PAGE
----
3. Staying Ahead of the Game
Just like newspaper articles become outdated the minute they hit the streets, so are textbooks used in traditional educational setup. The internet is awash with old and new information that can be sourced with relative ease. This is available as digital textbooks, audio references, and podcasts. These can be sourced by downloading as through collaboration.
This then begs the question: Are textbooks dead? Of course not, but still, the Internet is fast becoming the preferred source of real-time information for learners, educators, and society at large.
4. Online and Offline Collaboration
Learners and educators from one part of the globe can now engage with peers from other geographical locations and share valuable content online. Time, path, space and place do not limit this collaboration, as it encourages engagement beyond the classroom. In this learning environment, content and ideas are embraced from near and far.
The educators are thus challenged to keep up to speed with the explosive amount of resources available globally, and the curious mind of digital learners.
5. The New Possibilities
The evolutionary nature of digital trends today means that digital learners are preparing themselves for new possibilities in the job sector in the coming years. Parents and educators have to keep an open mind about what may or may not happen in the job industry by getting their children to prepare themselves with multiple digital-oriented skills. Or else they ran the risk of producing redundant Alpha adults.
While many vocations will remain relevant in years to come, it is not entirely clear what kind of digital jobs will be available for digital natives in the next 20 years. Just to illustrate, it was hard to predict, 20 years ago, that career descriptions listed below would even appear in job listings:
- Mobile phone app developer
- Technical evangelist
- Social media influencer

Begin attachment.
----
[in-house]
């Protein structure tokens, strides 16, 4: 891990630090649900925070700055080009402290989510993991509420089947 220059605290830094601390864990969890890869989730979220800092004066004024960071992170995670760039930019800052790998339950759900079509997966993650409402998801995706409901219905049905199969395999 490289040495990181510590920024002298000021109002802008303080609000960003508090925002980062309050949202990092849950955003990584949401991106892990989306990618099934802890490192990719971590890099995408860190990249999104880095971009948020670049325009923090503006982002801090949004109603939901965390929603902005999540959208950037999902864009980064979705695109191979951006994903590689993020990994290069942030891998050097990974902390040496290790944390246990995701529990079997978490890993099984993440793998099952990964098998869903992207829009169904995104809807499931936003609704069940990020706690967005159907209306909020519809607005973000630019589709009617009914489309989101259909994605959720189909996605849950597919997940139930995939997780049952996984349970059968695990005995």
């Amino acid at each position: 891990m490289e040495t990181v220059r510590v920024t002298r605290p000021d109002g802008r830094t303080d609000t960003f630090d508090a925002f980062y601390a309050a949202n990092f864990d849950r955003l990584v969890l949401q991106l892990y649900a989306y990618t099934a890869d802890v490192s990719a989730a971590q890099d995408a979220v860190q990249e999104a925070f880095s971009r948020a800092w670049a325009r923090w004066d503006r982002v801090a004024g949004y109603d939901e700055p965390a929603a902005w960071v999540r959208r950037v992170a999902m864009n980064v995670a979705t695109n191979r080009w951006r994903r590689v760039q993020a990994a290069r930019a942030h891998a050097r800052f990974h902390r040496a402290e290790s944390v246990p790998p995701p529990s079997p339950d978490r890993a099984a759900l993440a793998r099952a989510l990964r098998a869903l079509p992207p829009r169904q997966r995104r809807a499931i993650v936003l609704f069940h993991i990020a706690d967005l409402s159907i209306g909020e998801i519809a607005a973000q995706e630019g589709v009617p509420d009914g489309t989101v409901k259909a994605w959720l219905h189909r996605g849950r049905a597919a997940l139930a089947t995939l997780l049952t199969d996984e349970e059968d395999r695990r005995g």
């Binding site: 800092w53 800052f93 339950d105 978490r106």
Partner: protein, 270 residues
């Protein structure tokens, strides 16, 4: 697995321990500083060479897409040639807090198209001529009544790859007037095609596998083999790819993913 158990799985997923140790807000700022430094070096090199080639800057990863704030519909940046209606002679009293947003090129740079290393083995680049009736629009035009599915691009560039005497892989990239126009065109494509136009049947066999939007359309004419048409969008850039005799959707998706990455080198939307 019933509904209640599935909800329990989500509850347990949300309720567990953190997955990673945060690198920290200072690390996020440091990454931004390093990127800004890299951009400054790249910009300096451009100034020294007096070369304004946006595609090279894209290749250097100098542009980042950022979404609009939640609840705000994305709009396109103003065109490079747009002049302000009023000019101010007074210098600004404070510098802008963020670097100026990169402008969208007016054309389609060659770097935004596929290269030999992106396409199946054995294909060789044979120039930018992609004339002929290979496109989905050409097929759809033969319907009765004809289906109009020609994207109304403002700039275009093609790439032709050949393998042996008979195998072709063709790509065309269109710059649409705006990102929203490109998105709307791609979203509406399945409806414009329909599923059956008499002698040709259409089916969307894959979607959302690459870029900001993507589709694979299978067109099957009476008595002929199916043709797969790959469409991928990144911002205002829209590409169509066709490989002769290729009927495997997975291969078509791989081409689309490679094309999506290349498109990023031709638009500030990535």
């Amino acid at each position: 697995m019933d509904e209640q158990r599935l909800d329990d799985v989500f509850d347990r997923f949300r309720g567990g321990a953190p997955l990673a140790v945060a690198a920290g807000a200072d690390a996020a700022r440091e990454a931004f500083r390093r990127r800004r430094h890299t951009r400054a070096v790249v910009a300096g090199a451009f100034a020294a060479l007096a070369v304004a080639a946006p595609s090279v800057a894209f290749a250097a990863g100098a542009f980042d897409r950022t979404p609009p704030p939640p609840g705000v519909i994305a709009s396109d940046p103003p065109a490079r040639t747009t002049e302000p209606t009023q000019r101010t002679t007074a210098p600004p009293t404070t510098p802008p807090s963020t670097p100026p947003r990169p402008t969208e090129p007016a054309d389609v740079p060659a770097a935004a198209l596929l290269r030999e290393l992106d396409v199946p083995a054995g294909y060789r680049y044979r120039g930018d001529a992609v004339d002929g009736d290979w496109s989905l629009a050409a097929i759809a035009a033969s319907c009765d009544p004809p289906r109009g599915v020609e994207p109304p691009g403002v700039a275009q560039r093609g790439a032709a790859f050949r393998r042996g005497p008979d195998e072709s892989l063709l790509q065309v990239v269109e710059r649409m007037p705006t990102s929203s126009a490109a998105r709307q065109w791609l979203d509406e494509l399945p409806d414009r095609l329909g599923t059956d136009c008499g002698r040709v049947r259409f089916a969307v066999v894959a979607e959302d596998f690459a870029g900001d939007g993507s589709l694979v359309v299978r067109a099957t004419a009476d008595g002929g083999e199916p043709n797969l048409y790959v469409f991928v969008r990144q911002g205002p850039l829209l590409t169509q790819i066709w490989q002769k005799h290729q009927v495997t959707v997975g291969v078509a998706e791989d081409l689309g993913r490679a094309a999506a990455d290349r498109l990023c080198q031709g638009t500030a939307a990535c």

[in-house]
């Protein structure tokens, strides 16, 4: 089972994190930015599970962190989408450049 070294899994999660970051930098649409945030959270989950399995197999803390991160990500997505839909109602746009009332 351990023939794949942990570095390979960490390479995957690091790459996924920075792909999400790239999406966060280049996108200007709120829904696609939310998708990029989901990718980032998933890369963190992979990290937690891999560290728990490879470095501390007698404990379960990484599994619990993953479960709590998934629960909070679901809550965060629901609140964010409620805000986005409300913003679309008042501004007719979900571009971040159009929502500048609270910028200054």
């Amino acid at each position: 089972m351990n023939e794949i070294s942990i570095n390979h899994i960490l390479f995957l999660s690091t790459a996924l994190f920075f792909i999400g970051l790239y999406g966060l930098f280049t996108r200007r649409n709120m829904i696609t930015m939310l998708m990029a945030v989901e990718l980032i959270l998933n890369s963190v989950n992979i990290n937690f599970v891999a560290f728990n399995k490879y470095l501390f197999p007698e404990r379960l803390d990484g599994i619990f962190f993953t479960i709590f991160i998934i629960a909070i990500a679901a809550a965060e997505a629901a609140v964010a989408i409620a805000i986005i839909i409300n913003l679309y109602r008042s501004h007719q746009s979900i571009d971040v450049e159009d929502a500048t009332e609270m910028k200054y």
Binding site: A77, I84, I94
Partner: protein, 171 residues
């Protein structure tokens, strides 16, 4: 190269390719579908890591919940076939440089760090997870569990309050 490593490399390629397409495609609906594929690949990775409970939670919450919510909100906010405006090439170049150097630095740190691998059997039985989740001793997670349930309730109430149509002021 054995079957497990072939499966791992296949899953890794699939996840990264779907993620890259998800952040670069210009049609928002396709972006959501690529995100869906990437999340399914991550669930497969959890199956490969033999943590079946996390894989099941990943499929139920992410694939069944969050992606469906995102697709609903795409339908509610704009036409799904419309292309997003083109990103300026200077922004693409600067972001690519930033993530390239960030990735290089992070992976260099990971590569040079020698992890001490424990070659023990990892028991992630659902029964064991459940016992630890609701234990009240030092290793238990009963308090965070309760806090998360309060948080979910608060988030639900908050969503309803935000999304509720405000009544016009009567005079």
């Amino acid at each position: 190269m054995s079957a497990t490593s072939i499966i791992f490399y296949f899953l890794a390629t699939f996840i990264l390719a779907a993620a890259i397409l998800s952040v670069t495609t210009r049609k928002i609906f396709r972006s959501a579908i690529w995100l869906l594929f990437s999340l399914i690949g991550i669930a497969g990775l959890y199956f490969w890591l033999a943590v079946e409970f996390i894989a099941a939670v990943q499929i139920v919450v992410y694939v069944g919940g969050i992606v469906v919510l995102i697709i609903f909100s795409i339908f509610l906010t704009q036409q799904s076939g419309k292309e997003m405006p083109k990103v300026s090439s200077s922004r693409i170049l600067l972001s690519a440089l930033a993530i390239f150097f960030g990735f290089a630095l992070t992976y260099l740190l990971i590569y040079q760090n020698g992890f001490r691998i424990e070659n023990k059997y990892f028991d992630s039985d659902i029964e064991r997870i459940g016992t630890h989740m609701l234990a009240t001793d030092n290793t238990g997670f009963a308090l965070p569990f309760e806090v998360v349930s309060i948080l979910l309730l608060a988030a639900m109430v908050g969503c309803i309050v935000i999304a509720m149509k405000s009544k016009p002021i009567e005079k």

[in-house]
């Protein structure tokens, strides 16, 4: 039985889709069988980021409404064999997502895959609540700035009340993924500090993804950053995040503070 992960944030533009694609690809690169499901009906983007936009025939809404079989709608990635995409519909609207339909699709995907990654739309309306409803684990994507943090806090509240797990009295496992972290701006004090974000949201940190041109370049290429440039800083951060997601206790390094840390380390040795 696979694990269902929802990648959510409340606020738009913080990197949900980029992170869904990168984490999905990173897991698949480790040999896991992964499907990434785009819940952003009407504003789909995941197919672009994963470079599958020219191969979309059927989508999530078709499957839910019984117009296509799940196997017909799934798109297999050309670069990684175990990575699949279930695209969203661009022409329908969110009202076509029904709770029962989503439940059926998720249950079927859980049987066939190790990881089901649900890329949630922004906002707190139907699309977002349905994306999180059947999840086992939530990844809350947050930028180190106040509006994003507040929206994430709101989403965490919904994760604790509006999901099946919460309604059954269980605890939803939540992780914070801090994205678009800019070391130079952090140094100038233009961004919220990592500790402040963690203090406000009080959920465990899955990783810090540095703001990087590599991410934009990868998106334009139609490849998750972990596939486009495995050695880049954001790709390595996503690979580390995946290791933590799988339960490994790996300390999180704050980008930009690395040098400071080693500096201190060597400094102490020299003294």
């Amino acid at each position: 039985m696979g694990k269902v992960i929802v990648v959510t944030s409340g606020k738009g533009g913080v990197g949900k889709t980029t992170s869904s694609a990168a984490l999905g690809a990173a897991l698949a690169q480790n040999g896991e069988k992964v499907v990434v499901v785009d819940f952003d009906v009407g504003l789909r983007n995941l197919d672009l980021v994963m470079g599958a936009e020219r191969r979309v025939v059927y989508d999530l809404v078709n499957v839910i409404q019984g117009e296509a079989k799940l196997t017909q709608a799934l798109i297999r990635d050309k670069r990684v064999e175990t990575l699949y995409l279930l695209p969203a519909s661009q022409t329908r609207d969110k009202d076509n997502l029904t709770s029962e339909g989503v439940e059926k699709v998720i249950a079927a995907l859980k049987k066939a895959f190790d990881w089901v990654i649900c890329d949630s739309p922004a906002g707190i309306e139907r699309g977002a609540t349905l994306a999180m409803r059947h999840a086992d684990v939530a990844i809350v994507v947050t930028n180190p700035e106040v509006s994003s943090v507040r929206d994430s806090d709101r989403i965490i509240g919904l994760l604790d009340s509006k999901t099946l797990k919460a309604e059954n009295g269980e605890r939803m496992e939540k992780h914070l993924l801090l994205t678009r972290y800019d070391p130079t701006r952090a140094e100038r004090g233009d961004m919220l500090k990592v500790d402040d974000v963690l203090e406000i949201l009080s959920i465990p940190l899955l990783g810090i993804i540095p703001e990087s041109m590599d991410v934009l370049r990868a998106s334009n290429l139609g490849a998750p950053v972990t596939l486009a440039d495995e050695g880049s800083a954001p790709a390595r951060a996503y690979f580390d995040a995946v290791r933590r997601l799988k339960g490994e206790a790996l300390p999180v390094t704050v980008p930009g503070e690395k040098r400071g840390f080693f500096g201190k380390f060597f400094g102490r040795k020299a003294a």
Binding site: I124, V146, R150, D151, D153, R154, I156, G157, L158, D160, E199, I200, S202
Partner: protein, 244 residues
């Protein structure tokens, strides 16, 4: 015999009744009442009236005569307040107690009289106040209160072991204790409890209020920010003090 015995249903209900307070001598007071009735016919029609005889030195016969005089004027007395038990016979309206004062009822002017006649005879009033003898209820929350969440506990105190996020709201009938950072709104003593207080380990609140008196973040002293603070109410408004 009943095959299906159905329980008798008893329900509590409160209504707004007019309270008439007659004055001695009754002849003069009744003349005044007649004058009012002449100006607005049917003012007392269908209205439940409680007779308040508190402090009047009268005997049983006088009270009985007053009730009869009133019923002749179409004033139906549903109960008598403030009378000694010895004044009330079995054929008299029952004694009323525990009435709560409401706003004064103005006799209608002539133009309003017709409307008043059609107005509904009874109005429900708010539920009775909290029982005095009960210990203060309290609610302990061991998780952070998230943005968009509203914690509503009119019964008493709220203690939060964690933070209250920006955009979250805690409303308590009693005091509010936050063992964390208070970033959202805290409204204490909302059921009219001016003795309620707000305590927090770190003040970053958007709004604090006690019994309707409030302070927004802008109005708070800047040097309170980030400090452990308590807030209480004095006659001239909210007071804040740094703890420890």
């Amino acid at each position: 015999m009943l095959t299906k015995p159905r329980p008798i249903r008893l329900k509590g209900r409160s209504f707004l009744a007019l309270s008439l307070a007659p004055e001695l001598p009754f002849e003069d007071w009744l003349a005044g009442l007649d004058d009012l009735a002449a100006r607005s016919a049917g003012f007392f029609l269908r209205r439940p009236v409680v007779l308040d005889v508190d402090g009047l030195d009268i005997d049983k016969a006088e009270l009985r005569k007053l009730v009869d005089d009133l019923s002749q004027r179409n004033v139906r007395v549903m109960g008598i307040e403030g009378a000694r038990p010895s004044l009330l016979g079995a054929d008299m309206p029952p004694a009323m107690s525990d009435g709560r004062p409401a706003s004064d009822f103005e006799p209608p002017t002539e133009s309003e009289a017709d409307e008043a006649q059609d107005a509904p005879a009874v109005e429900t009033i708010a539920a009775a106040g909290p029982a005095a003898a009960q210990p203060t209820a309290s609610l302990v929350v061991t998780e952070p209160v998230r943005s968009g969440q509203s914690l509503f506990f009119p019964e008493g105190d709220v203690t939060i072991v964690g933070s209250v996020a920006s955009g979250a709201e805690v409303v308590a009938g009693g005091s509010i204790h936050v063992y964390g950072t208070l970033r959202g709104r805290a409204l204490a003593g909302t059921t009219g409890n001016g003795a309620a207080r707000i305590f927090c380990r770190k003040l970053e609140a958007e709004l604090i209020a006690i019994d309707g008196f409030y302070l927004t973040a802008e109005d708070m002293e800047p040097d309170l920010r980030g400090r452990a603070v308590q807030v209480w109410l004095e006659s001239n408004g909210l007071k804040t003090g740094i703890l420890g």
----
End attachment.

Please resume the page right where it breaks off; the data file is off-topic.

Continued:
- Digital prophet
- Data detective
It is interesting to imagine how advancement in Automation and Artificial Intelligence (AI) will shape the job market in the next few decades.
6. Embracing Higher-order-thinking Skills (HOTS)
Educators need to embrace higher-order thinking skills (HOTS). HOTS is about empowering learners to acquire knowledge for transfer purposes, unlike traditional rote learning which emphasizes learner ability to recall textbook notes. Learners then replicate these during assessment tests as proof of learning.
The proliferation of internet data and computing devices means that information is available for free both for educators and learners. This is accessible through mobile phones and desk-based computers, anytime and anywhere. Needless to say, educators need to embrace practices that are more than just acquiring information and passing them on to learners.
Gone are the days when teachers owned information and passed this to learners at regulated time frames. Today, smart learners can source for even better information online.
According to Anderson and Krathwohl (2001) teaching based on knowledge transfer, empowers learners to internalize what they have learned and use it in real life. This is a concept centered approach aimed at fostering skill development, metacognition, critical thinking, and problem-solving strategies.
As far as technology goes, we do not use computing devices to only read and reproduce information. It is about understanding them and using them as target tools to better our lives in the 21st Century.